Serotonin and dopamine system interactions in the reinforcing properties of psychostimulants: A research strategy
Manuel Tancer, M.D. and Charles
October 1998 update: This study was begun in September 1998.THE MAIN GOAL of the experiments described in this proposal is to increase our understanding of the interaction between serotonin (5-HT) and dopamine (DA) systems in mediating the subjective, discriminative stimulus, and reinforcing effects of psychostimulant drugs in humans. This proposal will use three primary approaches to study DA/5-HT interactions: first, a drug with mixed DA/5-HT properties, 3,4- methylenedioxymethamphetamine (MDMA), will be compared to drugs with more selective DA (e.g., d- amphetamine) vs. 5-HT (e.g., d-fenfluramine) mechanisms of action; second, d-amphetamine and d-fenfluramine will be co- administered in such a way as to produce mixed DA/5-HT effects which will be compared to the effects of the compounds administered alone; and third, serotonin- mediated effects will be blocked either by fluoxetine or tryptophan depletion in order to isolate the effects of dopamine with the expectation that this blockade will have differential effects on amphetamine, fenfluramine and MDMA.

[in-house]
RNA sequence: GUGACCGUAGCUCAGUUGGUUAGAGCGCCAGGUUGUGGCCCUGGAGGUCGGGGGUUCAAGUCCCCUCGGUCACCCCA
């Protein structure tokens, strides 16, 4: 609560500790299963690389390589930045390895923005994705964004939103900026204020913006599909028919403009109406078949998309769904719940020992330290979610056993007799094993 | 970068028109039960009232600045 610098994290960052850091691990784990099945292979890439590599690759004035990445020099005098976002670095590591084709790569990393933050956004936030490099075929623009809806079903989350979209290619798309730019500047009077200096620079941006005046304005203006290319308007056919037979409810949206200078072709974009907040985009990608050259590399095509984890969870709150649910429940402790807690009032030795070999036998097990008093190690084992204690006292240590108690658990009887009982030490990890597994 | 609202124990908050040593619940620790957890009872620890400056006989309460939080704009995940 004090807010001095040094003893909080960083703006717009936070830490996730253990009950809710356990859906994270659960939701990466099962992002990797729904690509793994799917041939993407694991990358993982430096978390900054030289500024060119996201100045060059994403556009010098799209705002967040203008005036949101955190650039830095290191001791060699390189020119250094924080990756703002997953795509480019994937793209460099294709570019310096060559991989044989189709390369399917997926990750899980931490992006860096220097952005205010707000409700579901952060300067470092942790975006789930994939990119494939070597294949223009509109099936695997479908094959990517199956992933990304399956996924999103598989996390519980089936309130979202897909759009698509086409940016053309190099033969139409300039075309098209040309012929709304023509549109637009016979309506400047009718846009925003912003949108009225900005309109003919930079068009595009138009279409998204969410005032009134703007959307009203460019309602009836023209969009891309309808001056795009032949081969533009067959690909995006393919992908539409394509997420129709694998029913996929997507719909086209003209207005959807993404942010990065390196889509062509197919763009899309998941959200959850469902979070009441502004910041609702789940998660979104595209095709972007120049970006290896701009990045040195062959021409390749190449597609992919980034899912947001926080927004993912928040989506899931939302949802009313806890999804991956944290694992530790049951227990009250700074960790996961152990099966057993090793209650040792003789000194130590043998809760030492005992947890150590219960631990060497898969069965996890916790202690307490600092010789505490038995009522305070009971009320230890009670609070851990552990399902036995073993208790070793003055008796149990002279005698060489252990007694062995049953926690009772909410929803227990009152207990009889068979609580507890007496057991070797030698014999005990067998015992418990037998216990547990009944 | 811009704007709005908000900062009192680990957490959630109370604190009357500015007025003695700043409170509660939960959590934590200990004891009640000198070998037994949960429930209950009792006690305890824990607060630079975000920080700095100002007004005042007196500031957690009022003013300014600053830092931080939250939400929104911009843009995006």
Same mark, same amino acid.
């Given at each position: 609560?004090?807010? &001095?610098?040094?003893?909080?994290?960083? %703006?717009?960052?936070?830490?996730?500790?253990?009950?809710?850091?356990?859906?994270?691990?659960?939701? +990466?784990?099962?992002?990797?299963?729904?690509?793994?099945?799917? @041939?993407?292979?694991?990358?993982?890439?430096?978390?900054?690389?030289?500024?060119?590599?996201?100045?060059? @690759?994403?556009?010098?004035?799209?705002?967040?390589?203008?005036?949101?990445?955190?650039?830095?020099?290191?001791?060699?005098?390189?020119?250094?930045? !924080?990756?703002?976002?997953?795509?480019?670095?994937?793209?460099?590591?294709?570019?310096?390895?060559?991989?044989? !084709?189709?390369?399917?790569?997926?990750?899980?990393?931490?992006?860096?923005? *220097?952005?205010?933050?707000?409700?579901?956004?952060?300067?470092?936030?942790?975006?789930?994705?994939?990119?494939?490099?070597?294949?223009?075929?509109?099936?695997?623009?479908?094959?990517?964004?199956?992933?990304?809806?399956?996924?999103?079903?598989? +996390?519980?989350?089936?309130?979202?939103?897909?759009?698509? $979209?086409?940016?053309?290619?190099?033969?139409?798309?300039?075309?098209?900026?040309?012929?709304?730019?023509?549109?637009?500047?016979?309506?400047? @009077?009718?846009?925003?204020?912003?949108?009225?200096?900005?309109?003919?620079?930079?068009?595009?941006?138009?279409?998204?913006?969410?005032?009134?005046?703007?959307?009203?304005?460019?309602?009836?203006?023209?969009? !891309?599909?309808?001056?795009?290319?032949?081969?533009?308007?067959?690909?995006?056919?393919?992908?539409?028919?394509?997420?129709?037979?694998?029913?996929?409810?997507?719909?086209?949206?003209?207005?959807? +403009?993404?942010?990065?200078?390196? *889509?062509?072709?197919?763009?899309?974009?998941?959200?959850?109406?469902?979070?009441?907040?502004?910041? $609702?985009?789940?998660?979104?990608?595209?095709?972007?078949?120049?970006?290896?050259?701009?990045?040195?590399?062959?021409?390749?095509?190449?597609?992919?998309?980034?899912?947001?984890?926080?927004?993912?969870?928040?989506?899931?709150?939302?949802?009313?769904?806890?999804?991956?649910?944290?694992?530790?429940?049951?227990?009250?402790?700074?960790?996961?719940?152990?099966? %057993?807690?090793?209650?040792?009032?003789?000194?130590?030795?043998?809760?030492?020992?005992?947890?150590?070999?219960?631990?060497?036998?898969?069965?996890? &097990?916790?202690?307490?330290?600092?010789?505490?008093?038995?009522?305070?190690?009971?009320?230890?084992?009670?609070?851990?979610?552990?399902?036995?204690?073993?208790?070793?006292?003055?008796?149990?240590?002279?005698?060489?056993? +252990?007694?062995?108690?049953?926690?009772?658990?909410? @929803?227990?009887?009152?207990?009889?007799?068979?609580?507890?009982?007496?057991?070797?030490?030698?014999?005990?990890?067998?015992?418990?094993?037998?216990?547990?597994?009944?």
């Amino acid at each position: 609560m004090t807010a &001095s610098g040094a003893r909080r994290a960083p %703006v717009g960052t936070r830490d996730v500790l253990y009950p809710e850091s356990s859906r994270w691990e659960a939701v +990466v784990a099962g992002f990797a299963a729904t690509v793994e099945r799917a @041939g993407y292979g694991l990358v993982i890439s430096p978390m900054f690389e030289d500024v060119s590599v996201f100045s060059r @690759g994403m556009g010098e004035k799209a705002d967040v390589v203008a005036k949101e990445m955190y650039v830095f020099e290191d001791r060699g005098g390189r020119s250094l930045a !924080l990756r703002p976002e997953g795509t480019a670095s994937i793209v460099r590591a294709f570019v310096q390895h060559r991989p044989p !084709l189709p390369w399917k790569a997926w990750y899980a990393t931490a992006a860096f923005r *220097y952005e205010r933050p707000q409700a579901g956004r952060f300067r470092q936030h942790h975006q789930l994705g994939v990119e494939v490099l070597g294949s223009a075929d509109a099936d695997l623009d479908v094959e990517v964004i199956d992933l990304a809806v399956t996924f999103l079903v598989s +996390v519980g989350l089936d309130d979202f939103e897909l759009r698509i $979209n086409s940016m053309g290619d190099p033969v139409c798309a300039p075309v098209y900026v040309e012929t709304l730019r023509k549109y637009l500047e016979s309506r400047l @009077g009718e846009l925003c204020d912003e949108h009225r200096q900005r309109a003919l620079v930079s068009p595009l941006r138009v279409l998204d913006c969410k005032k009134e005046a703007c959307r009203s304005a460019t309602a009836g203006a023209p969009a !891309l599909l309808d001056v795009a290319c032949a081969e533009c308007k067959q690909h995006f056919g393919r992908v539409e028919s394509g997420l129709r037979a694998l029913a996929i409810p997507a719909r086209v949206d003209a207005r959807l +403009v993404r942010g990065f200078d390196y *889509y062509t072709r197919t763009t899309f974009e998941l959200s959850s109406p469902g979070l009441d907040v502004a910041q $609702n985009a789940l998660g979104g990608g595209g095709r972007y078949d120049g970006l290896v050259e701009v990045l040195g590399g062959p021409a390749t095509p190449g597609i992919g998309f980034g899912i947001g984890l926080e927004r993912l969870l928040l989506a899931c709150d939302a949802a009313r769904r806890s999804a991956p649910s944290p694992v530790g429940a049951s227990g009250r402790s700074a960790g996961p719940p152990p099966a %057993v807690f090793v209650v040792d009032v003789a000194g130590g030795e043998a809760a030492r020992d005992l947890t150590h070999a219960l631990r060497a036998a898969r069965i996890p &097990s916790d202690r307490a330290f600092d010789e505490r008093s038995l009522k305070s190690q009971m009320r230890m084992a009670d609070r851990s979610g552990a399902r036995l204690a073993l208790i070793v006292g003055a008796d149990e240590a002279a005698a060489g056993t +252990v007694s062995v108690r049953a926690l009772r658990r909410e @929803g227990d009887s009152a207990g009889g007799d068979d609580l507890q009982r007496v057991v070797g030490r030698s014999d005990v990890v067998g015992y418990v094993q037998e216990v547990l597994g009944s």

Although amphetamine and fenfluramine are similar structurally, they have significantly different subjective, discriminative stimulus and reinforcing effects. These differences in dependence-related effects are presumably related to the fact that amphetamine produces prominent effects on DA systems whereas fenfluramine´s effects are mediated primarily by 5-HT systems. Interestingly, MDMA, which structurally is an amphetamine derivative, has prominent effects on both 5-HT and DA brain systems but unlike fenfluramine has abuse potential more like that of amphetamine. Thus, MDMA may be a useful compound for investigating the interactions among neurochemical systems as they relate to effects of drugs that are dependence-related. Although most psychostimulants that are abused alter norepinephrine (NE), DA, and to a lesser degree 5-HT levels, there are compelling data that DA systems play the major role in the reinforcing properties and other dependence- related effects of psychostimulant drugs. On the other hand, DA and 5-HT neurochemical systems are known to interact; for instance, recent studies have demonstrated a potentiation of impulse-dependent DA release by 5-HT. MDMA, whose effects have been attributed to its actions on 5-HT systems as well as DA has been shown in animal studies to share discriminative stimulus and reinforcing effects with amphetamine. On the other hand, humans have also reported that it produces hallucinogenic- like effects. Animal brain dialysis studies have shown that pretreatment with selective 5-HT reuptake inhibitors (SSRIs such as fluoxetine, Prozac) will prevent fenfluramine from producing 5-HT release. Similarly, the 5-HT releasing property of MDMA is blocked by pretreatment with the selective SSRIs. The SSRIs provides us with a useful tool for investigating in humans how the dependence related actions of MDMA are modified by manipulations of its effects on 5-HT.